Evaluating Immigrant and Non-Immigrant Investor Visas: EB-5 vs. E-2

In recent years, the immigrant investor program (also called the EB-5 program) has gained popularity and media attention as a viable option for those of means to obtain lawful resident status. Even those traditionally less-well-off financially have considered the program in light of ever growing immigrant visa backlogs and the devaluation of the dollar (which means fewer and fewer euros and yen are needed to meet the $1 million investment requirement (or $500,000 in certain cases)). Nevertheless, various issues have deterred would-be eligible applicants from applying for an investor green card including the uncertainly of USCIS interpretations of program requirements, and, more recently, USCIS’ fixation on the source and chain of custody of funds used for the investment.

Naturally, U.S. law requires that the funds used for investment in an American enterprise be legitimate. But, in the EB-5 context, proving legitimacy may not always be straightforward. For example, gift or inheritance capital may have been omitted from tax records and may be hard to trace; other funds, especially when commingled with old money, may be difficult to segregate and hard to document. Another deterrent for EB-5 applicants is the requirement that once becoming permanent residents, immigrant investors become subject to U.S. taxation on their worldwide income.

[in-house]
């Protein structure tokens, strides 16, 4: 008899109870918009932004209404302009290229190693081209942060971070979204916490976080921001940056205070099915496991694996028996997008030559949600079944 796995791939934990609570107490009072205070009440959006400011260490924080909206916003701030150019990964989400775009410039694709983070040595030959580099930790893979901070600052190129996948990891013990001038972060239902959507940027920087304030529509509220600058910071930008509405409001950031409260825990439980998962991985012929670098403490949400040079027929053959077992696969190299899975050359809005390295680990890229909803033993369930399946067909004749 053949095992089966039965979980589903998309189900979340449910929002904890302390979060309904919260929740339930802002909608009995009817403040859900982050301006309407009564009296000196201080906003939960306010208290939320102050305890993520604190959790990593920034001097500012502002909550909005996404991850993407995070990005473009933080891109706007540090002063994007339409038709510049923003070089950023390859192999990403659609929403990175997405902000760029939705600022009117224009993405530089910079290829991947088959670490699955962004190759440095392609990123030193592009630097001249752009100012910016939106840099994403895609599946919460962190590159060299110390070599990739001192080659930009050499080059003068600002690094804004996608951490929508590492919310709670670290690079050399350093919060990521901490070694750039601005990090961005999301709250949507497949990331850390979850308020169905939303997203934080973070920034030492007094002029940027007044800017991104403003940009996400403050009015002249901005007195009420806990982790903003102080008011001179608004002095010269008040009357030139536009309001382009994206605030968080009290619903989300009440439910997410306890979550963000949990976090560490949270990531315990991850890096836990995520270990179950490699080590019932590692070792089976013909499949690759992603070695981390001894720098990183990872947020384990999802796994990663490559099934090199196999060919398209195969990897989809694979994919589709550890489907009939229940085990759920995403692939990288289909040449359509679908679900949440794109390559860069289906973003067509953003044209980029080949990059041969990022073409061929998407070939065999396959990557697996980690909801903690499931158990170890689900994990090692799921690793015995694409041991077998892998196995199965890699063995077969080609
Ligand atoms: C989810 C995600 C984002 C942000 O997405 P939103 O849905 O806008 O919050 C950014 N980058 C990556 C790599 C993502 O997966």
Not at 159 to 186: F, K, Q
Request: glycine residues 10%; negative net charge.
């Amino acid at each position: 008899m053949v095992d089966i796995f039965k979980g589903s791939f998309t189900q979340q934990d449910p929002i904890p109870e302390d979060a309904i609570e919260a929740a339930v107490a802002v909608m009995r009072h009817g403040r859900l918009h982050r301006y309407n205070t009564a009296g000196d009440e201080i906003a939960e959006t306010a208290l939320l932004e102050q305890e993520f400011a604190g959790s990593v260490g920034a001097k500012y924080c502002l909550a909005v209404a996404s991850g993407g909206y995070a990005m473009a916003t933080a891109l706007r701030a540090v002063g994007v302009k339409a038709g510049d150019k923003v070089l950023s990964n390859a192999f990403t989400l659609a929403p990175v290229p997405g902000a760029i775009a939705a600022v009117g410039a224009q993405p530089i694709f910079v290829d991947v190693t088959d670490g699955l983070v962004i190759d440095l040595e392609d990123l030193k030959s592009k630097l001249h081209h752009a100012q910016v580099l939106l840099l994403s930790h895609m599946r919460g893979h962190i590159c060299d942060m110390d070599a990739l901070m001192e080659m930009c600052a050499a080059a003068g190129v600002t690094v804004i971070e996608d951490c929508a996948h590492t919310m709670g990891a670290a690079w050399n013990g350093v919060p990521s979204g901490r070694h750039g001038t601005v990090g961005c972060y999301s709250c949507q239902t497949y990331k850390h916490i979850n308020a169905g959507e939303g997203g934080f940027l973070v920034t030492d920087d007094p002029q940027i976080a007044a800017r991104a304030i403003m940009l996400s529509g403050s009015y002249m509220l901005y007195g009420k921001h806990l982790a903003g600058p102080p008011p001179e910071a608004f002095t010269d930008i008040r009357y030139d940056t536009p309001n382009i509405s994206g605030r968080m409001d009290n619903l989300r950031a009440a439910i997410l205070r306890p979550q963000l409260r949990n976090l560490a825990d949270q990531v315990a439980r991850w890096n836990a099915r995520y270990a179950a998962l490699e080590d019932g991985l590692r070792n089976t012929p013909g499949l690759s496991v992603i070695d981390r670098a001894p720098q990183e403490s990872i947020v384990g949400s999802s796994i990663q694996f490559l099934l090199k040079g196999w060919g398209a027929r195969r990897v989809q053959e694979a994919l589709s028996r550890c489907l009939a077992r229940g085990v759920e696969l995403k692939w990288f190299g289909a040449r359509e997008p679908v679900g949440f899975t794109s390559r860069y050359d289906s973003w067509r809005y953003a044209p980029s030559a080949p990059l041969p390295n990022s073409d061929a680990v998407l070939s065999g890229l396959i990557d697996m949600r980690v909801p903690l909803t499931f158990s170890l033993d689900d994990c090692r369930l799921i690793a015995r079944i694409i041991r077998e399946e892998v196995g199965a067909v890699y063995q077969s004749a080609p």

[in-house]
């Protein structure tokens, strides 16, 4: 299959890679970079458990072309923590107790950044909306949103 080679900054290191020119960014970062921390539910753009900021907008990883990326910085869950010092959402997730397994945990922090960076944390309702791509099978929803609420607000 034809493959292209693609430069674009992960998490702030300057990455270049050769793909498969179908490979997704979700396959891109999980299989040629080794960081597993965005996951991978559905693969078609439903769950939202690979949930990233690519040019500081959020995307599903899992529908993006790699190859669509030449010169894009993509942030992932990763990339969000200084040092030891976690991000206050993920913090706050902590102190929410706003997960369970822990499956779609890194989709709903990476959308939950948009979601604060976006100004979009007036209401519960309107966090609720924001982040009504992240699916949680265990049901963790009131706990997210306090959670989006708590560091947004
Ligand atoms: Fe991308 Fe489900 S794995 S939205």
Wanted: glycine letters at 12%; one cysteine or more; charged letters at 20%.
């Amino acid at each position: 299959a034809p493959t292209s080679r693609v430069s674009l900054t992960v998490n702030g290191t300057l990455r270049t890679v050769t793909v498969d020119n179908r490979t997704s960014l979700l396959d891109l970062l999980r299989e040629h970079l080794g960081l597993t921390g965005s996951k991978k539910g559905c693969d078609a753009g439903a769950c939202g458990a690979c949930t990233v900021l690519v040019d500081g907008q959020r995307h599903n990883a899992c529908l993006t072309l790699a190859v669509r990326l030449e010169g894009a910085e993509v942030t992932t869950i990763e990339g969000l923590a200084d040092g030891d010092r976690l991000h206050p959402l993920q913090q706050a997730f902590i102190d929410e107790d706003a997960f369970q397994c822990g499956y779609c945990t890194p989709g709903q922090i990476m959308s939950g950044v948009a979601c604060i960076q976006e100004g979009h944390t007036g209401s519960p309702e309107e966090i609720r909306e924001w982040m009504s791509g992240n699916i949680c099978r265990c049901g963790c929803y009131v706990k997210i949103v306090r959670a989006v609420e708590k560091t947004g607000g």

In light of these and other issues, potential immigrant investors may want to consider the E-2 treaty investor classification instead. E-2 nonimmigrant status resembles green card status in many ways. E-2 nonimmigrant investors may remain in the United States indefinitely (with appropriate extensions), are not required to maintain ties abroad, can be engaged in self-employment if in furtherance of the investment, and their spouses can obtain work authorization.

Who is eligible for E-2 status? Treaty investor status is available to certain nationals where a "Treaty of Freedom, Commerce and Navigation" exists between the U.S. and the country of the applicant’s nationality. (Certain bilateral investment treaties also may confer eligibility.) For an eligible individual to qualify for E-2 visa status, he or she must meet a number of requirements, including issues governing ownership and control of the investment, the individual’s duties associated with the investment, and the investment itself (it must be active and "at risk"). Significantly, however, there is no specific amount of capital that must be invested in a business; instead, the rules require that the investment be substantial and "proportional" to the overall capitalization of the enterprise. In practical terms, this means that an investment for a small business can be as little as $100,000, or even less, depending on the particular business and its location. E-2 nonimmigrant status may be worth considering for would-be EB-5 investors who are eligible.

Allen and Pinnix attorneys urge investors to consider not only the business consequences of their decisions, but how their choices may affect family members, especially minor children who cannot maintain derivative E-2 status once they turn 21.

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